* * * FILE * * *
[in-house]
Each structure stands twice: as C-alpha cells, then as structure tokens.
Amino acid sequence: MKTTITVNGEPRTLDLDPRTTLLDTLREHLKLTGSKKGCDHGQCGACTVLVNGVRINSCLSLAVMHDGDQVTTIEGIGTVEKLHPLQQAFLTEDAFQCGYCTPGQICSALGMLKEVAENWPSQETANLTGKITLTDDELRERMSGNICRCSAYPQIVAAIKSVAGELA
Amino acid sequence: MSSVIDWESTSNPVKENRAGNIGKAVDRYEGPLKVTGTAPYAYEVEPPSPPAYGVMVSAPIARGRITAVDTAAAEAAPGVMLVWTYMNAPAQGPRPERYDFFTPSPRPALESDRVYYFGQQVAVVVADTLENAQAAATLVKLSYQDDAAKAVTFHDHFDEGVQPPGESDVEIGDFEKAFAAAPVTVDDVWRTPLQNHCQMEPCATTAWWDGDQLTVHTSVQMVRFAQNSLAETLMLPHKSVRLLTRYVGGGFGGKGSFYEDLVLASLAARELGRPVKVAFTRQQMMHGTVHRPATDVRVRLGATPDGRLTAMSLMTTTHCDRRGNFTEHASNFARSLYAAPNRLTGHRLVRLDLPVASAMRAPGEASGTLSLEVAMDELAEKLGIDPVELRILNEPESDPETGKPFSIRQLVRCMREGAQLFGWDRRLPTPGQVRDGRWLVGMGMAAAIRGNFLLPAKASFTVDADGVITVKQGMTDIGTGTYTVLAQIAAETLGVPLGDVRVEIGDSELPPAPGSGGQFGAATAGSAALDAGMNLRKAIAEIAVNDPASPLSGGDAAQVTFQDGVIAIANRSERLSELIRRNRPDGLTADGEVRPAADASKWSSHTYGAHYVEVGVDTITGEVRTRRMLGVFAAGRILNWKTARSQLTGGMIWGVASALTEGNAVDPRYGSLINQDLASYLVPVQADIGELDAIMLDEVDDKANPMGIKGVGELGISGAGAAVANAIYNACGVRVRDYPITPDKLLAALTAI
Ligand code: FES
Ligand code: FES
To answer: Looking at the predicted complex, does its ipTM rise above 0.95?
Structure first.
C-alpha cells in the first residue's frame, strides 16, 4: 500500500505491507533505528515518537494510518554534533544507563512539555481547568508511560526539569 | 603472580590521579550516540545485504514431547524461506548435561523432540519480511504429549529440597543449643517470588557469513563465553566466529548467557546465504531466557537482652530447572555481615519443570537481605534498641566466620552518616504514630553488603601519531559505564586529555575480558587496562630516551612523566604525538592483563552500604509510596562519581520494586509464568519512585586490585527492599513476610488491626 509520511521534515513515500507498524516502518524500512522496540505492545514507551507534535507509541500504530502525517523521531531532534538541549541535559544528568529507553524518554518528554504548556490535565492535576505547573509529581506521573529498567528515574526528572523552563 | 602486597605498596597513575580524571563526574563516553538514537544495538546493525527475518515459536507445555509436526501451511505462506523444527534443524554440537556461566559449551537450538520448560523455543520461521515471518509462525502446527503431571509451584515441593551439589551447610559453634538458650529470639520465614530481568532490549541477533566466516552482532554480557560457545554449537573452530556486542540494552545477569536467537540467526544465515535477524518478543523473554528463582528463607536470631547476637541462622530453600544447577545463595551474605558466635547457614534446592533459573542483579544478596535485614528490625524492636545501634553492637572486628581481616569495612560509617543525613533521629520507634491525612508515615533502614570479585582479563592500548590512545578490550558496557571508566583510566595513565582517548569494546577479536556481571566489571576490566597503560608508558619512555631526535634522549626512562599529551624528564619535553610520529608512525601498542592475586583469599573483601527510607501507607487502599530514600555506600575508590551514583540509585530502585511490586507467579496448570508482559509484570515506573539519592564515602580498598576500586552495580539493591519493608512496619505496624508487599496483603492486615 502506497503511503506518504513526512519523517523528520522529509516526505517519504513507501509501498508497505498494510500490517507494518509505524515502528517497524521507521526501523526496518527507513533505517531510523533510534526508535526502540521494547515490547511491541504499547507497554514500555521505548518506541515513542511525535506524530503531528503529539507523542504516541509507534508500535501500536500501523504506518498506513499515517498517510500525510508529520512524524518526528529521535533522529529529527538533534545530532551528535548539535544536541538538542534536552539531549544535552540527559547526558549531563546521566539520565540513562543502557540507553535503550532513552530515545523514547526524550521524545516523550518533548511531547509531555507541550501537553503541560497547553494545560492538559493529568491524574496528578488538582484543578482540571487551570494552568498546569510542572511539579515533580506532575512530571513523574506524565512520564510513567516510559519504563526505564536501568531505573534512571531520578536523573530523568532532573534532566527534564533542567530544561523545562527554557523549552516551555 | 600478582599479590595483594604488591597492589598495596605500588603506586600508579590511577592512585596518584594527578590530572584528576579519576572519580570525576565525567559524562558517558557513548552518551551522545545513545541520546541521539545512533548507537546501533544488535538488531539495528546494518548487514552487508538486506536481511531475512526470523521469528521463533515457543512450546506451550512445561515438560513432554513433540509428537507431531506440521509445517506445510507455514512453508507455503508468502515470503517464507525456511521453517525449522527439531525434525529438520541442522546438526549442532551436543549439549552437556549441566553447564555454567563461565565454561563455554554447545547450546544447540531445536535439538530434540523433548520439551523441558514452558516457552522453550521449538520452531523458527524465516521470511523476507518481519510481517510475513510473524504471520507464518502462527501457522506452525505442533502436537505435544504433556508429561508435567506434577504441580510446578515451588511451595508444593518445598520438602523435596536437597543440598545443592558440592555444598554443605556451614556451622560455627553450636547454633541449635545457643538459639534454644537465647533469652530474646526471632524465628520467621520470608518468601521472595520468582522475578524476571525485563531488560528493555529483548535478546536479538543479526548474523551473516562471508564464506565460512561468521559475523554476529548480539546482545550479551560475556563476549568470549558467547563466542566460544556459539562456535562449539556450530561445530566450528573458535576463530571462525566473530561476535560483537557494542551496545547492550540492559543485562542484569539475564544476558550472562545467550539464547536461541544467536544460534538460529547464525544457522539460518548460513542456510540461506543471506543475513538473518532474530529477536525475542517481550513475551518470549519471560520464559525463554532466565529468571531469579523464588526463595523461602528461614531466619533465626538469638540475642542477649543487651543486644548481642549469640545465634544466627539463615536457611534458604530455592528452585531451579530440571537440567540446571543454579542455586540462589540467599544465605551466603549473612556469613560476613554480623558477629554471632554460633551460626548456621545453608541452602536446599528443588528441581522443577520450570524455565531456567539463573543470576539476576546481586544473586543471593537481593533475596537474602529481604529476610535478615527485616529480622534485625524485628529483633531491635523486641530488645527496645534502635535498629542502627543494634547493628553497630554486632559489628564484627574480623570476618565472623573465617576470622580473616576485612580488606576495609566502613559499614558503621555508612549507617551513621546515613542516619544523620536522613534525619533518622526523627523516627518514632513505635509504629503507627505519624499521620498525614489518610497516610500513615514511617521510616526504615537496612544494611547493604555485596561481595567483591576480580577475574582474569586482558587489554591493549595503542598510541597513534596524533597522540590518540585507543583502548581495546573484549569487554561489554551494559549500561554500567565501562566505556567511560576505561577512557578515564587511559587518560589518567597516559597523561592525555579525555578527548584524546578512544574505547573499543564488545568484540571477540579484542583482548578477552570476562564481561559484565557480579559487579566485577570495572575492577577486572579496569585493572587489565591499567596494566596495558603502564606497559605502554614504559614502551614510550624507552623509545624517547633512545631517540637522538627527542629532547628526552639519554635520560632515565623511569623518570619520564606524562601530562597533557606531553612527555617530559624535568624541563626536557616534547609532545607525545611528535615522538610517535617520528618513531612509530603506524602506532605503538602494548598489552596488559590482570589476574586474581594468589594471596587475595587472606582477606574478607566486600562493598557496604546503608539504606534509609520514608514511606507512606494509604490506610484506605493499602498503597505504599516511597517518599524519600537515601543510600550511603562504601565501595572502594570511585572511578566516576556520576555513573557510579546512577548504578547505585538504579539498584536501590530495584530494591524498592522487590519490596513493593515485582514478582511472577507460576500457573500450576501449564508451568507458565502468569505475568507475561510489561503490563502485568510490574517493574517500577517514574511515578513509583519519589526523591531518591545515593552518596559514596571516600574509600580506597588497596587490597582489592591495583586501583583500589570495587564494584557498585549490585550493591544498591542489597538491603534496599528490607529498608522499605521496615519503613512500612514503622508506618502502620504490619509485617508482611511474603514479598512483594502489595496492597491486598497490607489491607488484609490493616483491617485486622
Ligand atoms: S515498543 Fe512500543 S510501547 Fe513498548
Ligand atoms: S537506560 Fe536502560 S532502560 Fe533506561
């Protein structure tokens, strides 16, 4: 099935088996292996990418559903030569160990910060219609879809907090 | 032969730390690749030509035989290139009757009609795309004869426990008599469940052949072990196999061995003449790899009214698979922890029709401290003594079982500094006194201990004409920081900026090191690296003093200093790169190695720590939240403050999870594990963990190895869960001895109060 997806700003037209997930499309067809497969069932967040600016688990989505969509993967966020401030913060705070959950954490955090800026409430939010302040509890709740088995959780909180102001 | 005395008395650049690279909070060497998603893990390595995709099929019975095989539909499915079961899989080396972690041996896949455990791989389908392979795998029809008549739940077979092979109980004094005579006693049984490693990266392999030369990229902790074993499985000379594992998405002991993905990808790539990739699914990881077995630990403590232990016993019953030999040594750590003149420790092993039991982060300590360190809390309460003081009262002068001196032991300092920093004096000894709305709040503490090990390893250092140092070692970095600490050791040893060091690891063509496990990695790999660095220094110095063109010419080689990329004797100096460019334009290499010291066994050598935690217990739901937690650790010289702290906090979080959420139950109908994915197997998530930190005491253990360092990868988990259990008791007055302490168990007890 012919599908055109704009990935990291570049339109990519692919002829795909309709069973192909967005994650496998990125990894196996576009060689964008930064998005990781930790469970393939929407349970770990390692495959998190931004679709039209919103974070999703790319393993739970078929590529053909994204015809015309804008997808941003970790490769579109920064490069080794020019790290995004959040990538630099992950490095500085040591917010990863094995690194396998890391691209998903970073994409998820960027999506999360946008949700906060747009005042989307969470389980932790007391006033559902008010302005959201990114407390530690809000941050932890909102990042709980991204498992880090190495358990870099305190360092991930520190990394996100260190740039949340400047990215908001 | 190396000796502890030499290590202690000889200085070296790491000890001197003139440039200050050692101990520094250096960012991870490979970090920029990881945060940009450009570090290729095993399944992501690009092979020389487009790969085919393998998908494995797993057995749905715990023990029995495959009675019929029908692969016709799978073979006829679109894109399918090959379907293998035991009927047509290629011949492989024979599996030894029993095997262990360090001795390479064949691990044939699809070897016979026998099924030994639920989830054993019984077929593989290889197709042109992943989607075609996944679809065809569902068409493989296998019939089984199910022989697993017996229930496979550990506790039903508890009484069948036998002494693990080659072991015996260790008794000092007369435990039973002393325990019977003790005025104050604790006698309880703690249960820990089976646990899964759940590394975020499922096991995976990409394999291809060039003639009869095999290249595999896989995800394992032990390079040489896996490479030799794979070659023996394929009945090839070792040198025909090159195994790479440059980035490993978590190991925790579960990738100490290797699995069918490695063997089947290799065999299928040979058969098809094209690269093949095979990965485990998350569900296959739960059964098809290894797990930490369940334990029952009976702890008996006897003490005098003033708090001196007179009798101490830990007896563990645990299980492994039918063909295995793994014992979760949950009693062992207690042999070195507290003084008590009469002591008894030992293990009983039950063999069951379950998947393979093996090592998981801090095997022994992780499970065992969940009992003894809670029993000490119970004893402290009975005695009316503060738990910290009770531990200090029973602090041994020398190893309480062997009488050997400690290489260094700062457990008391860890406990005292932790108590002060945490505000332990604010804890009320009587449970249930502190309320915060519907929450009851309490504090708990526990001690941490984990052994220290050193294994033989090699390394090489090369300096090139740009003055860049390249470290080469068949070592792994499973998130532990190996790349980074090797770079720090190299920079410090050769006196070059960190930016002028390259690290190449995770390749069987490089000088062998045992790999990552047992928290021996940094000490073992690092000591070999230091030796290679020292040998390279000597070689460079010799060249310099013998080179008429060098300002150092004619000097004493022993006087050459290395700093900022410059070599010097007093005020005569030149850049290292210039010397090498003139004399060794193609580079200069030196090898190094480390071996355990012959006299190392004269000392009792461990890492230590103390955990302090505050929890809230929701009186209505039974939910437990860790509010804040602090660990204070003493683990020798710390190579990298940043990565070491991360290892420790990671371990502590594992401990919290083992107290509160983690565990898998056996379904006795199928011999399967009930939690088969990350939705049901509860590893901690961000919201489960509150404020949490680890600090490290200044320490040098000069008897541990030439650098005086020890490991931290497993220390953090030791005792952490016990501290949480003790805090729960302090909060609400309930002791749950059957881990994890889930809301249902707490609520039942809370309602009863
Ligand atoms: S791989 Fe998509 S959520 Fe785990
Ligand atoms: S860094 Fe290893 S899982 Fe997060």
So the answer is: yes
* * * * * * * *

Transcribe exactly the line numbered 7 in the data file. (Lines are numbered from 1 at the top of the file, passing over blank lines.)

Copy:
To answer: Looking at the predicted complex, does its ipTM rise above 0.95?